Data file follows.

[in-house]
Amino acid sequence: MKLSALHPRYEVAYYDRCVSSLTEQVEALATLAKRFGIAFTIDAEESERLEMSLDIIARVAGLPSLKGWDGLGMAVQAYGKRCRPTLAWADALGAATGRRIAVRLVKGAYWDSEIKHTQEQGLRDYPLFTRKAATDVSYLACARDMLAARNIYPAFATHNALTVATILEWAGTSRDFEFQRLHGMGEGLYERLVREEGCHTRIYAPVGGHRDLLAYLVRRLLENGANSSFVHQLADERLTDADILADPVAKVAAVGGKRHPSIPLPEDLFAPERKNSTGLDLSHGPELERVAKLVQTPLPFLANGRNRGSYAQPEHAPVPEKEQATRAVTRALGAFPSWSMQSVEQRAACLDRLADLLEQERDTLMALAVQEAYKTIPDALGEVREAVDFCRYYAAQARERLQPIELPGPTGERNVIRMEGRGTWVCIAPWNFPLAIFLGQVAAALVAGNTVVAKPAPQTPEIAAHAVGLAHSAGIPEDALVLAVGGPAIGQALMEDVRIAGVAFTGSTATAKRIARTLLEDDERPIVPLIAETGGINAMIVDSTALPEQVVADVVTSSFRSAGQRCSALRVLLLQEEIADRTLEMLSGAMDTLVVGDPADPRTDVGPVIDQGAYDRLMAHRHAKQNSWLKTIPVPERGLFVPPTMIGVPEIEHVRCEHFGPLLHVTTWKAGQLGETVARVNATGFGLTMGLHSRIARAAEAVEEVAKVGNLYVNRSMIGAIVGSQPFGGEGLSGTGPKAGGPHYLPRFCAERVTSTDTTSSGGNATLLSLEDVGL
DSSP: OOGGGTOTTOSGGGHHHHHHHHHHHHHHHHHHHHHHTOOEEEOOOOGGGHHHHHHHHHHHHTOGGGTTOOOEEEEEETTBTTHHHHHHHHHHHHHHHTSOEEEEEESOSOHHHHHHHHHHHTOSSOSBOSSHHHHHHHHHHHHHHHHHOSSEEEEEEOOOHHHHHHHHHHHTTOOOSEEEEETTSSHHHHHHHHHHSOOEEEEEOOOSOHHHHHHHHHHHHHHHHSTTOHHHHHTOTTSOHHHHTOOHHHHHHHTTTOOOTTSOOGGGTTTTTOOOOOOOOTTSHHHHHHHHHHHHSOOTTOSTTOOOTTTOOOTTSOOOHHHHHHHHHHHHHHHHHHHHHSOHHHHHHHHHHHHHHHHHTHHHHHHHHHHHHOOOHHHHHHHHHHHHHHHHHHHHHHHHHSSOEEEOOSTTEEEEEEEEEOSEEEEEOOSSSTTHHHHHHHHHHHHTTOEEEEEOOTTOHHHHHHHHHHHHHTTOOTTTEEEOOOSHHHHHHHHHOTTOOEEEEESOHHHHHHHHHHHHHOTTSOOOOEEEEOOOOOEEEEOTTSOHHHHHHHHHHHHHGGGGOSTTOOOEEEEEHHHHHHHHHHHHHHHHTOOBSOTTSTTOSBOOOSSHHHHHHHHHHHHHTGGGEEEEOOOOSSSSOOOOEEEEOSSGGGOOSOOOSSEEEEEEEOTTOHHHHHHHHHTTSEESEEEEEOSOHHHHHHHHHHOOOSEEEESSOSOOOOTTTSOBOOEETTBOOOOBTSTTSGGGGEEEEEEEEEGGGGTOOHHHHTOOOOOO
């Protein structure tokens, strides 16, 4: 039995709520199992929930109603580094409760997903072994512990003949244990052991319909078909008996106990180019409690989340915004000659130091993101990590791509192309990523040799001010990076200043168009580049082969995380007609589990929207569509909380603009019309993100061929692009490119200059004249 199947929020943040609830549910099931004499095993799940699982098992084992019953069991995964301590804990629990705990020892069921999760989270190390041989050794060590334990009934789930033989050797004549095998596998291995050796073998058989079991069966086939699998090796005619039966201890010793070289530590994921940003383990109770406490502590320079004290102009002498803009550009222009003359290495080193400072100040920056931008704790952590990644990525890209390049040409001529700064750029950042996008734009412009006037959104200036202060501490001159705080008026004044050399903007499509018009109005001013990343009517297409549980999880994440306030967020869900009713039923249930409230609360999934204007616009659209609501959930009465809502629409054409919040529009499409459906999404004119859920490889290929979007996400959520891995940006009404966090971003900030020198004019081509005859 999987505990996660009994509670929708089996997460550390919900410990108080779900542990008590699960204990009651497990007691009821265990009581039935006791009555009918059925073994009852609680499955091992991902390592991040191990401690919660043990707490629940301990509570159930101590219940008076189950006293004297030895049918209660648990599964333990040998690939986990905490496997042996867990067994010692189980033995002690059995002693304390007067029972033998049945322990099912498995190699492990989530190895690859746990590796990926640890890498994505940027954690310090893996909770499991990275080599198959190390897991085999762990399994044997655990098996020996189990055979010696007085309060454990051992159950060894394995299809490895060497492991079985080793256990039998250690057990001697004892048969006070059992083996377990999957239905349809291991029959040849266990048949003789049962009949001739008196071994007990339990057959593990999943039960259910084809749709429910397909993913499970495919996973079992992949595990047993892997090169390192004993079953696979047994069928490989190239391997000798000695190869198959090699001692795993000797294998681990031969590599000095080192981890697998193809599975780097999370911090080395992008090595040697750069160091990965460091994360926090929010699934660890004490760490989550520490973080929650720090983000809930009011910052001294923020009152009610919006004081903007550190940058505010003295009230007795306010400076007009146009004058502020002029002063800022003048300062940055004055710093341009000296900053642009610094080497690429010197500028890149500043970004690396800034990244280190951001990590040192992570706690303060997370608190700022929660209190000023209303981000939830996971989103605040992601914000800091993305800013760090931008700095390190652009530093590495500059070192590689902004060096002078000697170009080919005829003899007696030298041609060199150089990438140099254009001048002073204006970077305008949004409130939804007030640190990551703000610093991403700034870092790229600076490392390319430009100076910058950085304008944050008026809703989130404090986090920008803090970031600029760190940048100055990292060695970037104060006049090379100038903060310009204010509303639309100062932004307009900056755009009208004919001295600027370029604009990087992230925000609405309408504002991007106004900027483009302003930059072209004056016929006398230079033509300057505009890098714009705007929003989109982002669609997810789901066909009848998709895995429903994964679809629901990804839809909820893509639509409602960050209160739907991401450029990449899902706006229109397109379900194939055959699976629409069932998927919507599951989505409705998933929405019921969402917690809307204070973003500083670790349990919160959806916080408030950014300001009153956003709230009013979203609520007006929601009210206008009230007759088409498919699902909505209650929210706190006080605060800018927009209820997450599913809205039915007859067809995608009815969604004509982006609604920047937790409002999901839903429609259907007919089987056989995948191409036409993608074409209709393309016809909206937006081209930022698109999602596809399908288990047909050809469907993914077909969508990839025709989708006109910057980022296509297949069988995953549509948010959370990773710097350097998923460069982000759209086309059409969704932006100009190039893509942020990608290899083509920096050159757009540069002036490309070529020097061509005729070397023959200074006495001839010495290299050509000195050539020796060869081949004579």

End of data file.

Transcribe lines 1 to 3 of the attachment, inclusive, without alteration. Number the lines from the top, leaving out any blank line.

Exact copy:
[in-house]
Amino acid sequence: MKLSALHPRYEVAYYDRCVSSLTEQVEALATLAKRFGIAFTIDAEESERLEMSLDIIARVAGLPSLKGWDGLGMAVQAYGKRCRPTLAWADALGAATGRRIAVRLVKGAYWDSEIKHTQEQGLRDYPLFTRKAATDVSYLACARDMLAARNIYPAFATHNALTVATILEWAGTSRDFEFQRLHGMGEGLYERLVREEGCHTRIYAPVGGHRDLLAYLVRRLLENGANSSFVHQLADERLTDADILADPVAKVAAVGGKRHPSIPLPEDLFAPERKNSTGLDLSHGPELERVAKLVQTPLPFLANGRNRGSYAQPEHAPVPEKEQATRAVTRALGAFPSWSMQSVEQRAACLDRLADLLEQERDTLMALAVQEAYKTIPDALGEVREAVDFCRYYAAQARERLQPIELPGPTGERNVIRMEGRGTWVCIAPWNFPLAIFLGQVAAALVAGNTVVAKPAPQTPEIAAHAVGLAHSAGIPEDALVLAVGGPAIGQALMEDVRIAGVAFTGSTATAKRIARTLLEDDERPIVPLIAETGGINAMIVDSTALPEQVVADVVTSSFRSAGQRCSALRVLLLQEEIADRTLEMLSGAMDTLVVGDPADPRTDVGPVIDQGAYDRLMAHRHAKQNSWLKTIPVPERGLFVPPTMIGVPEIEHVRCEHFGPLLHVTTWKAGQLGETVARVNATGFGLTMGLHSRIARAAEAVEEVAKVGNLYVNRSMIGAIVGSQPFGGEGLSGTGPKAGGPHYLPRFCAERVTSTDTTSSGGNATLLSLEDVGL
DSSP: OOGGGTOTTOSGGGHHHHHHHHHHHHHHHHHHHHHHTOOEEEOOOOGGGHHHHHHHHHHHHTOGGGTTOOOEEEEEETTBTTHHHHHHHHHHHHHHHTSOEEEEEESOSOHHHHHHHHHHHTOSSOSBOSSHHHHHHHHHHHHHHHHHOSSEEEEEEOOOHHHHHHHHHHHTTOOOSEEEEETTSSHHHHHHHHHHSOOEEEEEOOOSOHHHHHHHHHHHHHHHHSTTOHHHHHTOTTSOHHHHTOOHHHHHHHTTTOOOTTSOOGGGTTTTTOOOOOOOOTTSHHHHHHHHHHHHSOOTTOSTTOOOTTTOOOTTSOOOHHHHHHHHHHHHHHHHHHHHHSOHHHHHHHHHHHHHHHHHTHHHHHHHHHHHHOOOHHHHHHHHHHHHHHHHHHHHHHHHHSSOEEEOOSTTEEEEEEEEEOSEEEEEOOSSSTTHHHHHHHHHHHHTTOEEEEEOOTTOHHHHHHHHHHHHHTTOOTTTEEEOOOSHHHHHHHHHOTTOOEEEEESOHHHHHHHHHHHHHOTTSOOOOEEEEOOOOOEEEEOTTSOHHHHHHHHHHHHHGGGGOSTTOOOEEEEEHHHHHHHHHHHHHHHHTOOBSOTTSTTOSBOOOSSHHHHHHHHHHHHHTGGGEEEEOOOOSSSSOOOOEEEEOSSGGGOOSOOOSSEEEEEEEOTTOHHHHHHHHHTTSEESEEEEEOSOHHHHHHHHHHOOOSEEEESSOSOOOOTTTSOBOOEETTBOOOOBTSTTSGGGGEEEEEEEEEGGGGTOOHHHHTOOOOOO